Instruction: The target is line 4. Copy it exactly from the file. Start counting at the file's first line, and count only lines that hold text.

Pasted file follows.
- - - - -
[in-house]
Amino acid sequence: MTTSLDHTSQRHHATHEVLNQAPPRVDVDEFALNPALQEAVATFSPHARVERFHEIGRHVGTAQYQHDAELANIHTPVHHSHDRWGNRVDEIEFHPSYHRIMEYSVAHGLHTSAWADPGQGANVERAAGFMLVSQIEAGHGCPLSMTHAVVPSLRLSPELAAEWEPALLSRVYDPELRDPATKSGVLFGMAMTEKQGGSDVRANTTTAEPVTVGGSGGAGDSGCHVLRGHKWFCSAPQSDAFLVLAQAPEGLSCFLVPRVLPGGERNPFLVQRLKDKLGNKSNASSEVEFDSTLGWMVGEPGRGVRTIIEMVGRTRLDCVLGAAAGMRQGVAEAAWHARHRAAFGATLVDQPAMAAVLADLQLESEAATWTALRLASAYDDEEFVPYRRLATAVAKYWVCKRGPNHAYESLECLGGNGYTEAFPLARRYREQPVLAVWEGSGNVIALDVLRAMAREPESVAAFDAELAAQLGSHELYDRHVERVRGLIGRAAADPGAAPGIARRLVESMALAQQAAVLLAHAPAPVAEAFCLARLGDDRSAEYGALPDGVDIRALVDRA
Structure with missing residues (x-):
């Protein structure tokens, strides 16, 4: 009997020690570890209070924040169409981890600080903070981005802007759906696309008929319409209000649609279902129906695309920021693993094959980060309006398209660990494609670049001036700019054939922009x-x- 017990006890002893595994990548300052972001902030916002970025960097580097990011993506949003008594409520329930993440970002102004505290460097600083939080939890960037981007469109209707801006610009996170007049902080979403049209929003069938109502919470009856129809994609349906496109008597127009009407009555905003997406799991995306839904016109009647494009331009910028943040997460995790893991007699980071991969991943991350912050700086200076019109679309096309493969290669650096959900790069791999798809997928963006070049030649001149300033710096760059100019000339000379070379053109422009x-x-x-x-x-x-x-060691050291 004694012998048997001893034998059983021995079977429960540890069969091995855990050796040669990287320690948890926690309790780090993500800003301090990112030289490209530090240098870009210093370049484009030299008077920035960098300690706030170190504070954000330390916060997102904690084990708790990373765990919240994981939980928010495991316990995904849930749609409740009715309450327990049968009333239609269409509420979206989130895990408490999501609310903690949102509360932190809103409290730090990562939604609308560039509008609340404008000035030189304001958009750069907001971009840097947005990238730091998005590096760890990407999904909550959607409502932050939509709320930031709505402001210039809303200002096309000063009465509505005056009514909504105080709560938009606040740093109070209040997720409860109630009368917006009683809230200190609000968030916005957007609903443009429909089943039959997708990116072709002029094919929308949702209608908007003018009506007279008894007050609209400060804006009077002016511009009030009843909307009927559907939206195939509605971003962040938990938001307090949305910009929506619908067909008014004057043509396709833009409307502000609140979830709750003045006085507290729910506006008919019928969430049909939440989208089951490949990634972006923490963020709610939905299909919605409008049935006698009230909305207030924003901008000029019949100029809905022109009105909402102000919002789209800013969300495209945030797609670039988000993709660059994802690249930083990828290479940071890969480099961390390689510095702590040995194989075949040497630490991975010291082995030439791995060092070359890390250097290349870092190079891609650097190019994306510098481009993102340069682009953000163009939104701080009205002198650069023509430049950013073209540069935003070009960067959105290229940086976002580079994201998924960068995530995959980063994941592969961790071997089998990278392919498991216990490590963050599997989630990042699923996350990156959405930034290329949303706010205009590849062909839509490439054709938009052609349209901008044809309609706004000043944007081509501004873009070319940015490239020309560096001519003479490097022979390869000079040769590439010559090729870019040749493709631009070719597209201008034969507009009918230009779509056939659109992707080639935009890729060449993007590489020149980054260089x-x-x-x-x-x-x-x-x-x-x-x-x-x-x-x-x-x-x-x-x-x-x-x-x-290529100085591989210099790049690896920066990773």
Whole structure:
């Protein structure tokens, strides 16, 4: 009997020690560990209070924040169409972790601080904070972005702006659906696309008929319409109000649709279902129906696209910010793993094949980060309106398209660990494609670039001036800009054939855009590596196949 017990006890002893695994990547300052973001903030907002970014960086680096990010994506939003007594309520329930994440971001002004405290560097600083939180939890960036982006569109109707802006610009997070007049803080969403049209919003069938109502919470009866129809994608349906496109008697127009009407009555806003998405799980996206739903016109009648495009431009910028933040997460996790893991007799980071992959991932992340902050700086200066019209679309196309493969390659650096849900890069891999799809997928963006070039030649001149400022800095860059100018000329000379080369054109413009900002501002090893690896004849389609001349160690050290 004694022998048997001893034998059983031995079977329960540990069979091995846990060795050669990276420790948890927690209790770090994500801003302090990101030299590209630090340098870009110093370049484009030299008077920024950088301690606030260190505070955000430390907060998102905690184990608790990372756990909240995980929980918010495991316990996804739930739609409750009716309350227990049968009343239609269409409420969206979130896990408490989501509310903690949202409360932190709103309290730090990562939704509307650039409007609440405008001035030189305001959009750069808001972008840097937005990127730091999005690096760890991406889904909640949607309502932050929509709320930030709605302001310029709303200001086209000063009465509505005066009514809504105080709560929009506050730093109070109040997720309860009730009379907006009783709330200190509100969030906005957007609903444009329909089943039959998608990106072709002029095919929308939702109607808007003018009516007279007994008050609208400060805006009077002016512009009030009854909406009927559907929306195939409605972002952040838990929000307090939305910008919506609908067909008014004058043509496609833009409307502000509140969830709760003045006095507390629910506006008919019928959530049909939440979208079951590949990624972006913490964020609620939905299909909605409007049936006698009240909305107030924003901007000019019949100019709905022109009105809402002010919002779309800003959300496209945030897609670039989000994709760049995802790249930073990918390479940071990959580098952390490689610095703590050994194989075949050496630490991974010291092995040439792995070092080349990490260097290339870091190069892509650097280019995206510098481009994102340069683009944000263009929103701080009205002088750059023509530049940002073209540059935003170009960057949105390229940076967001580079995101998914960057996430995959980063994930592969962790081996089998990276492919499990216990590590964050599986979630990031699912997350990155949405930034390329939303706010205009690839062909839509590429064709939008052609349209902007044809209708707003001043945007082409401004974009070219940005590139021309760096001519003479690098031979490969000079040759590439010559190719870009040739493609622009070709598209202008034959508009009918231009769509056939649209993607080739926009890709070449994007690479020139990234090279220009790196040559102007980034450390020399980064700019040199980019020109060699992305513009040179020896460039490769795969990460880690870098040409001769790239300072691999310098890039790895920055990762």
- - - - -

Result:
């Protein structure tokens, strides 16, 4: 009997020690570890209070924040169409981890600080903070981005802007759906696309008929319409209000649609279902129906695309920021693993094959980060309006398209660990494609670049001036700019054939922009x-x- 017990006890002893595994990548300052972001902030916002970025960097580097990011993506949003008594409520329930993440970002102004505290460097600083939080939890960037981007469109209707801006610009996170007049902080979403049209929003069938109502919470009856129809994609349906496109008597127009009407009555905003997406799991995306839904016109009647494009331009910028943040997460995790893991007699980071991969991943991350912050700086200076019109679309096309493969290669650096959900790069791999798809997928963006070049030649001149300033710096760059100019000339000379070379053109422009x-x-x-x-x-x-x-060691050291 004694012998048997001893034998059983021995079977429960540890069969091995855990050796040669990287320690948890926690309790780090993500800003301090990112030289490209530090240098870009210093370049484009030299008077920035960098300690706030170190504070954000330390916060997102904690084990708790990373765990919240994981939980928010495991316990995904849930749609409740009715309450327990049968009333239609269409509420979206989130895990408490999501609310903690949102509360932190809103409290730090990562939604609308560039509008609340404008000035030189304001958009750069907001971009840097947005990238730091998005590096760890990407999904909550959607409502932050939509709320930031709505402001210039809303200002096309000063009465509505005056009514909504105080709560938009606040740093109070209040997720409860109630009368917006009683809230200190609000968030916005957007609903443009429909089943039959997708990116072709002029094919929308949702209608908007003018009506007279008894007050609209400060804006009077002016511009009030009843909307009927559907939206195939509605971003962040938990938001307090949305910009929506619908067909008014004057043509396709833009409307502000609140979830709750003045006085507290729910506006008919019928969430049909939440989208089951490949990634972006923490963020709610939905299909919605409008049935006698009230909305207030924003901008000029019949100029809905022109009105909402102000919002789209800013969300495209945030797609670039988000993709660059994802690249930083990828290479940071890969480099961390390689510095702590040995194989075949040497630490991975010291082995030439791995060092070359890390250097290349870092190079891609650097190019994306510098481009993102340069682009953000163009939104701080009205002198650069023509430049950013073209540069935003070009960067959105290229940086976002580079994201998924960068995530995959980063994941592969961790071997089998990278392919498991216990490590963050599997989630990042699923996350990156959405930034290329949303706010205009590849062909839509490439054709938009052609349209901008044809309609706004000043944007081509501004873009070319940015490239020309560096001519003479490097022979390869000079040769590439010559090729870019040749493709631009070719597209201008034969507009009918230009779509056939659109992707080639935009890729060449993007590489020149980054260089x-x-x-x-x-x-x-x-x-x-x-x-x-x-x-x-x-x-x-x-x-x-x-x-x-290529100085591989210099790049690896920066990773």